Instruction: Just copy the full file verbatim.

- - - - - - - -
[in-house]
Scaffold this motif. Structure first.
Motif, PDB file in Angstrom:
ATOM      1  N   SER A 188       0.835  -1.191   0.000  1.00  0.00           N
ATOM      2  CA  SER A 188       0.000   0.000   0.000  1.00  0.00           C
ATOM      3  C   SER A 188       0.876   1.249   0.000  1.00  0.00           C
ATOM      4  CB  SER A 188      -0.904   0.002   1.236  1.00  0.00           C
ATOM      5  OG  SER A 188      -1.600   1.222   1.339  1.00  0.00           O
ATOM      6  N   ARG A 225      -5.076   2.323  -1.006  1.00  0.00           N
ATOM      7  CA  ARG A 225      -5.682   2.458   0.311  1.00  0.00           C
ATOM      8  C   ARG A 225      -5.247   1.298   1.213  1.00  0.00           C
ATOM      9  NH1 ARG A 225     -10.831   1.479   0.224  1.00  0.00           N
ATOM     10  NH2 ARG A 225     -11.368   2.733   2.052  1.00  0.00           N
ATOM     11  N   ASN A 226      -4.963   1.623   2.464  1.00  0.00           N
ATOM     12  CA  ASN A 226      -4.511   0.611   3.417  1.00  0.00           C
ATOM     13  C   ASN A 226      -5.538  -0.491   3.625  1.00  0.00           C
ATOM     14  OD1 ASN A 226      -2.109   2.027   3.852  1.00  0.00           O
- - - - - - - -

[in-house]
Scaffold this motif. Structure first.
Motif, PDB file in Angstrom:
ATOM      1  N   SER A 188       0.835  -1.191   0.000  1.00  0.00           N
ATOM      2  CA  SER A 188       0.000   0.000   0.000  1.00  0.00           C
ATOM      3  C   SER A 188       0.876   1.249   0.000  1.00  0.00           C
ATOM      4  CB  SER A 188      -0.904   0.002   1.236  1.00  0.00           C
ATOM      5  OG  SER A 188      -1.600   1.222   1.339  1.00  0.00           O
ATOM      6  N   ARG A 225      -5.076   2.323  -1.006  1.00  0.00           N
ATOM      7  CA  ARG A 225      -5.682   2.458   0.311  1.00  0.00           C
ATOM      8  C   ARG A 225      -5.247   1.298   1.213  1.00  0.00           C
ATOM      9  NH1 ARG A 225     -10.831   1.479   0.224  1.00  0.00           N
ATOM     10  NH2 ARG A 225     -11.368   2.733   2.052  1.00  0.00           N
ATOM     11  N   ASN A 226      -4.963   1.623   2.464  1.00  0.00           N
ATOM     12  CA  ASN A 226      -4.511   0.611   3.417  1.00  0.00           C
ATOM     13  C   ASN A 226      -5.538  -0.491   3.625  1.00  0.00           C
ATOM     14  OD1 ASN A 226      -2.109   2.027   3.852  1.00  0.00           O